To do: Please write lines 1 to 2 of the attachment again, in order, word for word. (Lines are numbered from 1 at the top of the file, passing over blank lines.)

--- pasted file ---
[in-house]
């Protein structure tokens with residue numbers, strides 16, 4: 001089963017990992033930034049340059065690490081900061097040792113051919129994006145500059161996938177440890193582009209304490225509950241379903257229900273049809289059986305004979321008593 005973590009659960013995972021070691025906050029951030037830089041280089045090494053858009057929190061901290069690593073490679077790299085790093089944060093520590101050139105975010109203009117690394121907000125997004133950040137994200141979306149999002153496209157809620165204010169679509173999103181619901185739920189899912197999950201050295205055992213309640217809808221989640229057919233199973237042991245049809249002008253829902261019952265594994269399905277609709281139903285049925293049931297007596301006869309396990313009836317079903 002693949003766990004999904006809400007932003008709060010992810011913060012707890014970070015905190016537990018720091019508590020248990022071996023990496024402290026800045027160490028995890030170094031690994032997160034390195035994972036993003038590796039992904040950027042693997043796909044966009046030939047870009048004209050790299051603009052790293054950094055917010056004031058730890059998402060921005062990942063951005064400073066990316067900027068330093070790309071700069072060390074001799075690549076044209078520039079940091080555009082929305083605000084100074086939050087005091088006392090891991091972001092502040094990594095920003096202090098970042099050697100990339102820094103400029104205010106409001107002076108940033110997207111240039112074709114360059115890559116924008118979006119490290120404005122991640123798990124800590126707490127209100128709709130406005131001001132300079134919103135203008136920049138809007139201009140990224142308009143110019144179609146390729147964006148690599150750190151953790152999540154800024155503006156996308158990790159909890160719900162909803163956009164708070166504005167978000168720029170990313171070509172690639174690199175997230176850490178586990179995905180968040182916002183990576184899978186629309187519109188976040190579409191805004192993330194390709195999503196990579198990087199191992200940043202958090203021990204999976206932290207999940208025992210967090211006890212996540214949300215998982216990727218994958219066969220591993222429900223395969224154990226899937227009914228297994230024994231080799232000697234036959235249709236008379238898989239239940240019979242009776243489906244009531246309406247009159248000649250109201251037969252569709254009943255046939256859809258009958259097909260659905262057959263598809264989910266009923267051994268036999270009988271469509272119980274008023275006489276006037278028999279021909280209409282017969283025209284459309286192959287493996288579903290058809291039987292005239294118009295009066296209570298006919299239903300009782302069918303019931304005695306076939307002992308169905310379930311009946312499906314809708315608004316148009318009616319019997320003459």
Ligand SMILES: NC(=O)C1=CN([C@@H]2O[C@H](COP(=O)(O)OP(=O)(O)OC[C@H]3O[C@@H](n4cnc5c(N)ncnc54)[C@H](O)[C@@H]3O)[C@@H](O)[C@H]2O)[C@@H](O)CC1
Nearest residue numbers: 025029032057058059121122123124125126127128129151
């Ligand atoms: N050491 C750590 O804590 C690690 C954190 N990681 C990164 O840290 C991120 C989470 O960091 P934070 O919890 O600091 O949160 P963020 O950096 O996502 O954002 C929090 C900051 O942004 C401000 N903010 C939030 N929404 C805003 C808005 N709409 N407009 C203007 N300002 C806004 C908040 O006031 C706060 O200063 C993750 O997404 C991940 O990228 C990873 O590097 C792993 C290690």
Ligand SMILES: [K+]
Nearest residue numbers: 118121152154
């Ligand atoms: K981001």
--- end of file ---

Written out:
[in-house]
């Protein structure tokens with residue numbers, strides 16, 4: 001089963017990992033930034049340059065690490081900061097040792113051919129994006145500059161996938177440890193582009209304490225509950241379903257229900273049809289059986305004979321008593 005973590009659960013995972021070691025906050029951030037830089041280089045090494053858009057929190061901290069690593073490679077790299085790093089944060093520590101050139105975010109203009117690394121907000125997004133950040137994200141979306149999002153496209157809620165204010169679509173999103181619901185739920189899912197999950201050295205055992213309640217809808221989640229057919233199973237042991245049809249002008253829902261019952265594994269399905277609709281139903285049925293049931297007596301006869309396990313009836317079903 002693949003766990004999904006809400007932003008709060010992810011913060012707890014970070015905190016537990018720091019508590020248990022071996023990496024402290026800045027160490028995890030170094031690994032997160034390195035994972036993003038590796039992904040950027042693997043796909044966009046030939047870009048004209050790299051603009052790293054950094055917010056004031058730890059998402060921005062990942063951005064400073066990316067900027068330093070790309071700069072060390074001799075690549076044209078520039079940091080555009082929305083605000084100074086939050087005091088006392090891991091972001092502040094990594095920003096202090098970042099050697100990339102820094103400029104205010106409001107002076108940033110997207111240039112074709114360059115890559116924008118979006119490290120404005122991640123798990124800590126707490127209100128709709130406005131001001132300079134919103135203008136920049138809007139201009140990224142308009143110019144179609146390729147964006148690599150750190151953790152999540154800024155503006156996308158990790159909890160719900162909803163956009164708070166504005167978000168720029170990313171070509172690639174690199175997230176850490178586990179995905180968040182916002183990576184899978186629309187519109188976040190579409191805004192993330194390709195999503196990579198990087199191992200940043202958090203021990204999976206932290207999940208025992210967090211006890212996540214949300215998982216990727218994958219066969220591993222429900223395969224154990226899937227009914228297994230024994231080799232000697234036959235249709236008379238898989239239940240019979242009776243489906244009531246309406247009159248000649250109201251037969252569709254009943255046939256859809258009958259097909260659905262057959263598809264989910266009923267051994268036999270009988271469509272119980274008023275006489276006037278028999279021909280209409282017969283025209284459309286192959287493996288579903290058809291039987292005239294118009295009066296209570298006919299239903300009782302069918303019931304005695306076939307002992308169905310379930311009946312499906314809708315608004316148009318009616319019997320003459």